The Precipitate Cock and the Unappreciated Pearl

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A rooster once pursued a worm
      That lingered not to brave him,
To see his wretched victim squirm
      A pleasant thrill it gave him;
He summoned all his kith and kin,
      They hastened up by legions,
With quaint, expressive gurgles in
      Their oesophageal regions.

Just then a kind of glimmering
      Attracting his attention,
The worm became too small a thing
      For more than passing mention:
The throng of hungry hens and rude
      He skilfully evaded.
Said he, “I’ faith, if this be food,
      I saw the prize ere they did.”

It was a large and costly pearl,
      Belonging in a necklace,
And dropped by some neglectful girl:
      Some people are so reckless!
The cock assumed an air forlorn,
      And cried, “It’s really cruel.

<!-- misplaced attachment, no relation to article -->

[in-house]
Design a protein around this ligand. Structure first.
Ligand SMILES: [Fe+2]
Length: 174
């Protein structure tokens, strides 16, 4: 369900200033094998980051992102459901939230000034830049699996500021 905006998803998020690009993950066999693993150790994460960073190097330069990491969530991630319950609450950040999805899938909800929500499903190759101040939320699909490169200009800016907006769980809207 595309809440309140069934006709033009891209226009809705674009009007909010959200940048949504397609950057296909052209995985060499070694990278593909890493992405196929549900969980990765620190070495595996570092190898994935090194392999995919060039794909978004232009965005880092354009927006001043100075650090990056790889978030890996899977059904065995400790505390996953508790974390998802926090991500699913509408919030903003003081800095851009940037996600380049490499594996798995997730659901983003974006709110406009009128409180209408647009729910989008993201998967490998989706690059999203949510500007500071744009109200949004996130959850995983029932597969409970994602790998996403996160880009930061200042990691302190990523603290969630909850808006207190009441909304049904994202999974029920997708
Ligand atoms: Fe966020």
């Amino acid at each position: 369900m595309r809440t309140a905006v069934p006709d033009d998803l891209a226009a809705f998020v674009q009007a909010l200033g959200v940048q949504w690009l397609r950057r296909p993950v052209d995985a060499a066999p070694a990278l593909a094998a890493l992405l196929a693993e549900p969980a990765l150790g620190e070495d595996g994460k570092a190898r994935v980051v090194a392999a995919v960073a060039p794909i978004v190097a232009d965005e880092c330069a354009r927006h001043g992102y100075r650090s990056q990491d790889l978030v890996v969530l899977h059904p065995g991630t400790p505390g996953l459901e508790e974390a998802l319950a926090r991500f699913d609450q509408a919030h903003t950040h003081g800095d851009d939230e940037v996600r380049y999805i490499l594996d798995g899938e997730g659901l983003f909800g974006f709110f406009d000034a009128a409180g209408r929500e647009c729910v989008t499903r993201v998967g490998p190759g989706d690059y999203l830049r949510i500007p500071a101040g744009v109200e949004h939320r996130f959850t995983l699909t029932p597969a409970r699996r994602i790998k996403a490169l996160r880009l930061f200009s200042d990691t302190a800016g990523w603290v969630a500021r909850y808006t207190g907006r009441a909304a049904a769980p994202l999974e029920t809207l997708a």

I thought it was a grain of corn:
      It’s nothing but a jewel.”

He turned again to where his clan
      In one astounding tangle
With eager haste together ran
      To slay the helpless angle,
And sighed, “He was of massive size.
      I should have used discretion.
Too late! Around the toothsome prize
      A bargain-sale’s in session.”

The worm’s remarks upon his plight
      Have never been recorded,
But any one may know how slight
      Diversion it afforded;
For worms and human beings are
      Unanimous that, when pecked,
To be the prey of men they far
      Prefer to being hen-pecked.

THE MORAL: When your dinner comes
      Don’t leave it for your neighbors,
Because you hear the sound of drums
      And see the gleam of sabres;
Or, like the cock, you’ll find too late
      That ornaments external
Do not for certain indicate
      A bona fide kernel.